Old Age and Samuel Beckett’s Late Works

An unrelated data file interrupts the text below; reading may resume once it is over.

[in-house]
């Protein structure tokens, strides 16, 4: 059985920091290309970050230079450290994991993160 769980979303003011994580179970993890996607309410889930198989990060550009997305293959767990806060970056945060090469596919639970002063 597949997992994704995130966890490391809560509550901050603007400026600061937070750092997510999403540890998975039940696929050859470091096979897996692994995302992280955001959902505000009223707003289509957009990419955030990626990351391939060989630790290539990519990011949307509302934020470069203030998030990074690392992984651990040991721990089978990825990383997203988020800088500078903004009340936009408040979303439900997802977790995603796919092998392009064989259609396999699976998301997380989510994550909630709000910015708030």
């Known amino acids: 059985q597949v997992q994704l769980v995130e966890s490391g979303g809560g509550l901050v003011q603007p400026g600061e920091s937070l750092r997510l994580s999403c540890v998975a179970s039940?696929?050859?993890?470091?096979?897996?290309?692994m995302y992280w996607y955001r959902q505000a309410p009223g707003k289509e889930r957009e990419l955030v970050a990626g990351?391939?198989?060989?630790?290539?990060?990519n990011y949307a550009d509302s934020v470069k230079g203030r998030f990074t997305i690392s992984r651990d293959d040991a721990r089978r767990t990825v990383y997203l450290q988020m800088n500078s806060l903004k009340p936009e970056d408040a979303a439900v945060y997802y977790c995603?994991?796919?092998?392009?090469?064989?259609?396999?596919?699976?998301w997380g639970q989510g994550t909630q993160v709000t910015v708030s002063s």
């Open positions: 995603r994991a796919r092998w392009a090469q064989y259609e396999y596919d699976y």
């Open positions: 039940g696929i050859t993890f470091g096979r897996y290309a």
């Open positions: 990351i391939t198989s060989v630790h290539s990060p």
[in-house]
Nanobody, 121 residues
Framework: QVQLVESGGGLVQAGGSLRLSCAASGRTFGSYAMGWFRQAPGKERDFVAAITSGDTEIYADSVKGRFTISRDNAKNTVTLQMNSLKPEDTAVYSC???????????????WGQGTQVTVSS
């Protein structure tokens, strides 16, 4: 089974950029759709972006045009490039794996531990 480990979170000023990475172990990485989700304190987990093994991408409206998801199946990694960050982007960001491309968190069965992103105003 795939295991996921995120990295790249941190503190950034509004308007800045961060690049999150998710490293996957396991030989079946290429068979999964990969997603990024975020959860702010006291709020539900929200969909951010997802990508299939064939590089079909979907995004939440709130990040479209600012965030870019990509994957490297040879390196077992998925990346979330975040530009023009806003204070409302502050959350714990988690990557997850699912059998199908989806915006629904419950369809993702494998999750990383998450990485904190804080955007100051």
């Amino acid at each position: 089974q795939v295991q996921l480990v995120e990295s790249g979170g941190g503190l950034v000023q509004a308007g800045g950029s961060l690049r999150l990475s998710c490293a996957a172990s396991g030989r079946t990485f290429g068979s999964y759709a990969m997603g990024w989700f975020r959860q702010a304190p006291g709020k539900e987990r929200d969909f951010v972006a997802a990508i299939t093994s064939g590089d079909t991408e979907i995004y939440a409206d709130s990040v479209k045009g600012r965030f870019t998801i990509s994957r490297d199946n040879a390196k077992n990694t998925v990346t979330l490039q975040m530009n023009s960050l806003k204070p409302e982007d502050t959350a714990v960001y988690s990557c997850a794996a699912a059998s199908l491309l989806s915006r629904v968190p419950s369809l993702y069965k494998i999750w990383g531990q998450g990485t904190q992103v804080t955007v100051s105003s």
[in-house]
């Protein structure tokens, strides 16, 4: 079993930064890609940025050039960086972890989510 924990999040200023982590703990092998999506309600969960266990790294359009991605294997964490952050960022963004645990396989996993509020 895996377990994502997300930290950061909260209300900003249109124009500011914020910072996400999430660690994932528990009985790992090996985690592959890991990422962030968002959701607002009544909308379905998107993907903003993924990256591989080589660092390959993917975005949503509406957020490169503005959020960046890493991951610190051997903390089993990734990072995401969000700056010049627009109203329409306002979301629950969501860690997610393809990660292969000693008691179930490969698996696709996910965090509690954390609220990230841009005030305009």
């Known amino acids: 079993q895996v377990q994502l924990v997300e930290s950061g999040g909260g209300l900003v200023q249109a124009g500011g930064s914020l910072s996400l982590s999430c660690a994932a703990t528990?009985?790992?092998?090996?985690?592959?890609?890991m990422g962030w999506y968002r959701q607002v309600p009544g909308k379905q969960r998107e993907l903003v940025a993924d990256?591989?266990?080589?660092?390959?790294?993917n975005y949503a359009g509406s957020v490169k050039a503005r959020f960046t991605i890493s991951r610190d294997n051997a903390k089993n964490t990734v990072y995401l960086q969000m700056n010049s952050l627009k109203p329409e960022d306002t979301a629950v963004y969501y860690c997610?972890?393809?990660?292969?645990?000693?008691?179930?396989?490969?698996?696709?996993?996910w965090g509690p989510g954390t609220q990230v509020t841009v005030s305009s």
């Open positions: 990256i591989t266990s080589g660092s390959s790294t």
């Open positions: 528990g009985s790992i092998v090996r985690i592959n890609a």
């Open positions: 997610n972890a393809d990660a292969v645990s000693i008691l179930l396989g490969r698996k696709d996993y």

Old age featured in Samuel Beckett’s plays and novels throughout his literary career. This paper explores the question of how—or indeed if—Beckett’s own experience of aging and old age affected the representation of age in his late works. Focusing upon his last two trilogies, the plays Not I, Footfalls, and Rockaby and the novellas Company, Ill Seen Ill Said, and Worstward Ho, I argue that Beckett’s late-life literary preoccupations were little affected by the corporeality of his own aging. Even in the last year of his life, he still sought to put down through dramatic images and words the ontological issues that had always concerned him. Hopes that his own old age might lead him closer to the edge—closer to what has been termed “the event horizon of the fourth age,” where subjectivity implodes—were not fulfilled, although arguably he did feel, at times, that he was getting closer to it, stylistically perhaps, if not in substance. To what extent Beckett’s later works serve as examples of a “late style” and to what extent they represent the continuing elaboration of a cultural imaginary of “old age” that he first deployed in his original trilogy, Molloy,Malone Dies, and The Unnameable, are difficult to ascertain. What is clear is that Beckett’s literary old age remained a symbolic imaginary, realized differ- ently than in his earlier work but scarcely more connected with his own later life.
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